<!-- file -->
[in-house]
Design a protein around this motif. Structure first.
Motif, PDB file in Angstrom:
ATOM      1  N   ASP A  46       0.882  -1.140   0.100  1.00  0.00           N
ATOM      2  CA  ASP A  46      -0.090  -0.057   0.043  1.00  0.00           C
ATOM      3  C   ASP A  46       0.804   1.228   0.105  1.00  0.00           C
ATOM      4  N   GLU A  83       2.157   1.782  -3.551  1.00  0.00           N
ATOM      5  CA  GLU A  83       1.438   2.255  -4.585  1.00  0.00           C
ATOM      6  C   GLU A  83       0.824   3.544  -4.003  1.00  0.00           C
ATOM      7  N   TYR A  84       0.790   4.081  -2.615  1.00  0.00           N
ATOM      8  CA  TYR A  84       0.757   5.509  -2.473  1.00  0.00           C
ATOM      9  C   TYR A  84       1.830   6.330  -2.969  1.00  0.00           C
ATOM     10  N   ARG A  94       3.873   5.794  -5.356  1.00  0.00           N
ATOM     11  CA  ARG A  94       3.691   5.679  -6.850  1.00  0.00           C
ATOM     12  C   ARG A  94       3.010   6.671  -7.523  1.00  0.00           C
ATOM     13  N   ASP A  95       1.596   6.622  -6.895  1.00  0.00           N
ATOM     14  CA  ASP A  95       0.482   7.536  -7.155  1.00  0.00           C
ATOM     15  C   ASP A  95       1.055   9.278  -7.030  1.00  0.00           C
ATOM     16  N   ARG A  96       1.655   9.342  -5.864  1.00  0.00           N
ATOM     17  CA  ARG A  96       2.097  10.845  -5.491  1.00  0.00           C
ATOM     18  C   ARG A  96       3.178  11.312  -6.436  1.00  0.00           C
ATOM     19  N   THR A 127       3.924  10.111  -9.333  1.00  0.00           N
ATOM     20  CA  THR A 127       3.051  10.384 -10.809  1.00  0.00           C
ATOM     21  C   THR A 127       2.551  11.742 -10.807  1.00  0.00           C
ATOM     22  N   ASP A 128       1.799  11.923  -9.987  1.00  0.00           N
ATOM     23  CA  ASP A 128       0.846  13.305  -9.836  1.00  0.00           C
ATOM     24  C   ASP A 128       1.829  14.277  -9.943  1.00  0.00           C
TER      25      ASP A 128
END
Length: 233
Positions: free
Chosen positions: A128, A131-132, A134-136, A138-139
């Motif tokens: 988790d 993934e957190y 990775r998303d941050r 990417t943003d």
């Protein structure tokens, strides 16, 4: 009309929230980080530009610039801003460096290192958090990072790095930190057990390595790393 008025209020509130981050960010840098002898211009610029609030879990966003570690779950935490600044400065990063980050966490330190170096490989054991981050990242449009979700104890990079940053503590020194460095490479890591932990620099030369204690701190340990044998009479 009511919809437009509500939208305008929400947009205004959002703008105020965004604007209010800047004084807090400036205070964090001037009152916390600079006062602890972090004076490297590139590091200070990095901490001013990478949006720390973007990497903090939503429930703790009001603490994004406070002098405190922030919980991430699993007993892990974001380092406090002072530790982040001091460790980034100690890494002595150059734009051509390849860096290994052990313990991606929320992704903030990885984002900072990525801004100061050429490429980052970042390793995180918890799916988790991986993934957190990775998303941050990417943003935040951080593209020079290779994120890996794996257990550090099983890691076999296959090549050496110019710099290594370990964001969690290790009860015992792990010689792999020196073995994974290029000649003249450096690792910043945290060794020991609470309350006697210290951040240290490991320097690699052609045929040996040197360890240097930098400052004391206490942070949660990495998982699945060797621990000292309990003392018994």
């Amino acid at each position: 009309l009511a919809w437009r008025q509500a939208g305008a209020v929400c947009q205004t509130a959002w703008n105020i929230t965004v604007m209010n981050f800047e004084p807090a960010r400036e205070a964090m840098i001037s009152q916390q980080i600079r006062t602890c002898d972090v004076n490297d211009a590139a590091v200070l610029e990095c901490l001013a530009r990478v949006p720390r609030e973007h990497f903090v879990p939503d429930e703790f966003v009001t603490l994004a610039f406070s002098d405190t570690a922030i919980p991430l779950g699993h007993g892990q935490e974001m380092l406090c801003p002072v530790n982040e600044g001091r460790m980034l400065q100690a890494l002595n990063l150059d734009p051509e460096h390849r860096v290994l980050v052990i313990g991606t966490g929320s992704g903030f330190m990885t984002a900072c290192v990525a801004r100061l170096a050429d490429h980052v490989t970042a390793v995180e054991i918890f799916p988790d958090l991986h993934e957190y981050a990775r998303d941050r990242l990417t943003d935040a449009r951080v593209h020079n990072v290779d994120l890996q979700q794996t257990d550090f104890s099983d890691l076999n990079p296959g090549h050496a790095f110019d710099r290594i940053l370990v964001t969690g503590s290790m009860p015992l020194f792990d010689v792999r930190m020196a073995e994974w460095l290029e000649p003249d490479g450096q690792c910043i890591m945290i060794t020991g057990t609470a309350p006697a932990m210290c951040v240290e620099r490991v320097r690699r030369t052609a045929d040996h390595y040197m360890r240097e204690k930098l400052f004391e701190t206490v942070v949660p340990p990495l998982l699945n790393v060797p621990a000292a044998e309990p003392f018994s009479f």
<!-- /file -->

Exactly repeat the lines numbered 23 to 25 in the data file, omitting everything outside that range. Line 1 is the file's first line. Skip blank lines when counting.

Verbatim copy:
ATOM     20  CA  THR A 127       3.051  10.384 -10.809  1.00  0.00           C
ATOM     21  C   THR A 127       2.551  11.742 -10.807  1.00  0.00           C
ATOM     22  N   ASP A 128       1.799  11.923  -9.987  1.00  0.00           N